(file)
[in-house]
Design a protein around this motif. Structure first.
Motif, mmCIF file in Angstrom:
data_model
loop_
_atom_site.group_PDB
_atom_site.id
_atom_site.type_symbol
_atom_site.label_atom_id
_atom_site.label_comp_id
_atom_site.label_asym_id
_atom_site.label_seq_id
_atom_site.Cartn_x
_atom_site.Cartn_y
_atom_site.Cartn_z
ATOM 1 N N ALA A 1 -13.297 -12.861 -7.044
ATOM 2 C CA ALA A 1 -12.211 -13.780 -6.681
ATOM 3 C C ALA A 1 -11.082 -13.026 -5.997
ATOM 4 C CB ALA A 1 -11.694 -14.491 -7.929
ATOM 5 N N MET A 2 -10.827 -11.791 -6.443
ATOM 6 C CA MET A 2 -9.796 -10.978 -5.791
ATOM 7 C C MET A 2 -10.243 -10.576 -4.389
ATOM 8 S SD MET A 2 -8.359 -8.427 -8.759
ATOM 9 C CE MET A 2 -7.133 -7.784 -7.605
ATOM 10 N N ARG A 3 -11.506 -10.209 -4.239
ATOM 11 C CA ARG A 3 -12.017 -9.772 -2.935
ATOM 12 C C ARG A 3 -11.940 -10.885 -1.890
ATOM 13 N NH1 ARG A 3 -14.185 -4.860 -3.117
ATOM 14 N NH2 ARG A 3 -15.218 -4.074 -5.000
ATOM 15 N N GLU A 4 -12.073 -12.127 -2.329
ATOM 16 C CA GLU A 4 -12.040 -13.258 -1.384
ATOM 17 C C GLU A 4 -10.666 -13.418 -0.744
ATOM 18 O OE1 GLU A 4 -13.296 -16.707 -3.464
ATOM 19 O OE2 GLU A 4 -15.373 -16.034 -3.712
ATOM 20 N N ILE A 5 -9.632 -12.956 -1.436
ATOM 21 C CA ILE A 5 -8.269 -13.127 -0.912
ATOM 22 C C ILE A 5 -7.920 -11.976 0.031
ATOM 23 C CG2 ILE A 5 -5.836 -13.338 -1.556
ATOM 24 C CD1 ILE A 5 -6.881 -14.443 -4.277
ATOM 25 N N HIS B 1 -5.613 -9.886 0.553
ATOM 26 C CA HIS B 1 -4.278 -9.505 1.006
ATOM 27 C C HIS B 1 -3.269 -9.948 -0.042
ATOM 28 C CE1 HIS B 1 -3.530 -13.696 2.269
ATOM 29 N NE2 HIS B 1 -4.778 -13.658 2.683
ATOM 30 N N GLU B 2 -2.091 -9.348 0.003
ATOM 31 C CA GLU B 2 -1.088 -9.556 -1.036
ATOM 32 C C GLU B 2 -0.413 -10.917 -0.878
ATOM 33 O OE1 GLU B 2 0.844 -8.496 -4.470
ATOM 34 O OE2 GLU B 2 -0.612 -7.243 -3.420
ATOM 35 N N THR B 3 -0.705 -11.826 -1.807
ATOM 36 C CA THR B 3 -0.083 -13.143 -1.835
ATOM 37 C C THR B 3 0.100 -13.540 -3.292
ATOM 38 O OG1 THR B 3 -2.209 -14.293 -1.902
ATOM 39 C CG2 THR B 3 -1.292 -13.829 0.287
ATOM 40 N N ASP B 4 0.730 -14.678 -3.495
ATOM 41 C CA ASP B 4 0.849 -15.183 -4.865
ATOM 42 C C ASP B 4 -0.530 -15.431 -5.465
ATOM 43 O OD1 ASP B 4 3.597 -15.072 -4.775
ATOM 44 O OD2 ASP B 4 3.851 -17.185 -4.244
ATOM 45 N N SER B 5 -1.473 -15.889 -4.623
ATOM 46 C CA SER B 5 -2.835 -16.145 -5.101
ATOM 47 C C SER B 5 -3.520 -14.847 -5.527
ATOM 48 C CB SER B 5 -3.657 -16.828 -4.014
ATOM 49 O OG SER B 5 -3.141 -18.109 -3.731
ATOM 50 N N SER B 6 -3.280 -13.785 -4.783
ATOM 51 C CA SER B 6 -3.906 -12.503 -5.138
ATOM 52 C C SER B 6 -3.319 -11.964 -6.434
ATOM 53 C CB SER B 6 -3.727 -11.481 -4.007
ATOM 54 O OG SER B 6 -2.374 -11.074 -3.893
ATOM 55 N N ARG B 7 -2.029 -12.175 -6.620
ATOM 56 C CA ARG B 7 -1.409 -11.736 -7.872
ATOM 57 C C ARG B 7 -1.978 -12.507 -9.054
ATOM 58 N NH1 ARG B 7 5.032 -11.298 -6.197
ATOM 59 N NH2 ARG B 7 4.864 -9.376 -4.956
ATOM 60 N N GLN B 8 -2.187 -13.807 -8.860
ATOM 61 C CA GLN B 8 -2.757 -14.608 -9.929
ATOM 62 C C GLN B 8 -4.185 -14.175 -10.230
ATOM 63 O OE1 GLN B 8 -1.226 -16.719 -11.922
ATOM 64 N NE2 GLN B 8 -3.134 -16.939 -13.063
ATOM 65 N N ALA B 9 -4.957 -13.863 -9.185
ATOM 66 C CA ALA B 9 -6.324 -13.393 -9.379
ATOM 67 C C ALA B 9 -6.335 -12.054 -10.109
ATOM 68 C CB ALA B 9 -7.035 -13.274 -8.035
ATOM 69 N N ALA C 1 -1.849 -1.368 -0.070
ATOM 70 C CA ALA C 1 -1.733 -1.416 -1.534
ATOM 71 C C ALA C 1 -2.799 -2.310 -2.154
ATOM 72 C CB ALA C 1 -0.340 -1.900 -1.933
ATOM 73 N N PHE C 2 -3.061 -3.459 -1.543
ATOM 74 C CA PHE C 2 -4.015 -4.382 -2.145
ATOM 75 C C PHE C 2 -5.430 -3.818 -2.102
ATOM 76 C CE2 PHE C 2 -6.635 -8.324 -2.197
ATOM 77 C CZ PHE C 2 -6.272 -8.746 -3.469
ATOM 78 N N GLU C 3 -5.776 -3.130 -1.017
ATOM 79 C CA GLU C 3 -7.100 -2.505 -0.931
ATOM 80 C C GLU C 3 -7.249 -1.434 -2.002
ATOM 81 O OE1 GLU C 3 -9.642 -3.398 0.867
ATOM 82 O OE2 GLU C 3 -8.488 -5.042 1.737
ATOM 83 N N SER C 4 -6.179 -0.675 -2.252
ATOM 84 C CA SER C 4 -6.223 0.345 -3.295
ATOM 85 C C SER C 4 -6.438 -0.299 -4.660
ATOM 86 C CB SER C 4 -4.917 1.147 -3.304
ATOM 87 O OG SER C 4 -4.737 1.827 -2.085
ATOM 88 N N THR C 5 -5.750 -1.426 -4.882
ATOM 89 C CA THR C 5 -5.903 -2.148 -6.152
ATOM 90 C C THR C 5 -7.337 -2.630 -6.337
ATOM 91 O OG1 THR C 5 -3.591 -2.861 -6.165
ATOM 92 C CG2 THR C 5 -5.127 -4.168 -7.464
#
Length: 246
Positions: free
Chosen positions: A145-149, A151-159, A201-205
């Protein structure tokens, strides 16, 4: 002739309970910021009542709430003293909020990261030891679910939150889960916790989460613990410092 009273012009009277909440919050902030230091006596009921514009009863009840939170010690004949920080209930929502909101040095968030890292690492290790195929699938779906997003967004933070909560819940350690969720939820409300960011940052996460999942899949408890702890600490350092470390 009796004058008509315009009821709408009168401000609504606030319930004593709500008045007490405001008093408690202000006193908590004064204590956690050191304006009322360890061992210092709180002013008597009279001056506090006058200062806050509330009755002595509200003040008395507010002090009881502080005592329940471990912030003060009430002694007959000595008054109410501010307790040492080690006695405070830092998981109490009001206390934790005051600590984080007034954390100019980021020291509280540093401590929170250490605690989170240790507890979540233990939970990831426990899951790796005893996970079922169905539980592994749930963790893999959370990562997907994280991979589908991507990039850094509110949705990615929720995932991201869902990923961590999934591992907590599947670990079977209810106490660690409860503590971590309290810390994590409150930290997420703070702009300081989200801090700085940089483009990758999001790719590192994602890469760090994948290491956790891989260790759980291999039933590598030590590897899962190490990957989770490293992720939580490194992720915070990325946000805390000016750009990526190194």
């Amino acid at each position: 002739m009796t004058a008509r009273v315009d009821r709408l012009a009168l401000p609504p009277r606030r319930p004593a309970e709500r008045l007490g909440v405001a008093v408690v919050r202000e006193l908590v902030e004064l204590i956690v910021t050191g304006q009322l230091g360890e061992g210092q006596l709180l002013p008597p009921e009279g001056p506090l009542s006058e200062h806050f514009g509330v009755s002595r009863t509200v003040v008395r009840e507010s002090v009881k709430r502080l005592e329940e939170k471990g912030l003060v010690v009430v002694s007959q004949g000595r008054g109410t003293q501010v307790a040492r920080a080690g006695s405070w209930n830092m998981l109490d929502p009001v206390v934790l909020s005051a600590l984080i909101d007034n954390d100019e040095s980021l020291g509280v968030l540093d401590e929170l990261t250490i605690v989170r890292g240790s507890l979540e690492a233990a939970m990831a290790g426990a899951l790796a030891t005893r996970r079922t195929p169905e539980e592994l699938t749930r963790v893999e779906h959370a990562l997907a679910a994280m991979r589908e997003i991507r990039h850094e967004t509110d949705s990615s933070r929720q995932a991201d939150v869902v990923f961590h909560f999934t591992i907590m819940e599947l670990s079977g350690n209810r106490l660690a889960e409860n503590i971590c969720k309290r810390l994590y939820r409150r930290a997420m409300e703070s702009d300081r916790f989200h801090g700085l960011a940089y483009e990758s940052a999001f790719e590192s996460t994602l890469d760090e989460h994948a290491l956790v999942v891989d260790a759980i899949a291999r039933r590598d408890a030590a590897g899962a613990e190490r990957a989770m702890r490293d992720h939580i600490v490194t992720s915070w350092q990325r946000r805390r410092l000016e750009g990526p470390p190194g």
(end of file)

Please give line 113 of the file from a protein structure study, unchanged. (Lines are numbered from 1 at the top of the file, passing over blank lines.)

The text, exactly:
């Amino acid at each position: 002739m009796t004058a008509r009273v315009d009821r709408l012009a009168l401000p609504p009277r606030r319930p004593a309970e709500r008045l007490g909440v405001a008093v408690v919050r202000e006193l908590v902030e004064l204590i956690v910021t050191g304006q009322l230091g360890e061992g210092q006596l709180l002013p008597p009921e009279g001056p506090l009542s006058e200062h806050f514009g509330v009755s002595r009863t509200v003040v008395r009840e507010s002090v009881k709430r502080l005592e329940e939170k471990g912030l003060v010690v009430v002694s007959q004949g000595r008054g109410t003293q501010v307790a040492r920080a080690g006695s405070w209930n830092m998981l109490d929502p009001v206390v934790l909020s005051a600590l984080i909101d007034n954390d100019e040095s980021l020291g509280v968030l540093d401590e929170l990261t250490i605690v989170r890292g240790s507890l979540e690492a233990a939970m990831a290790g426990a899951l790796a030891t005893r996970r079922t195929p169905e539980e592994l699938t749930r963790v893999e779906h959370a990562l997907a679910a994280m991979r589908e997003i991507r990039h850094e967004t509110d949705s990615s933070r929720q995932a991201d939150v869902v990923f961590h909560f999934t591992i907590m819940e599947l670990s079977g350690n209810r106490l660690a889960e409860n503590i971590c969720k309290r810390l994590y939820r409150r930290a997420m409300e703070s702009d300081r916790f989200h801090g700085l960011a940089y483009e990758s940052a999001f790719e590192s996460t994602l890469d760090e989460h994948a290491l956790v999942v891989d260790a759980i899949a291999r039933r590598d408890a030590a590897g899962a613990e190490r990957a989770m702890r490293d992720h939580i600490v490194t992720s915070w350092q990325r946000r805390r410092l000016e750009g990526p470390p190194g």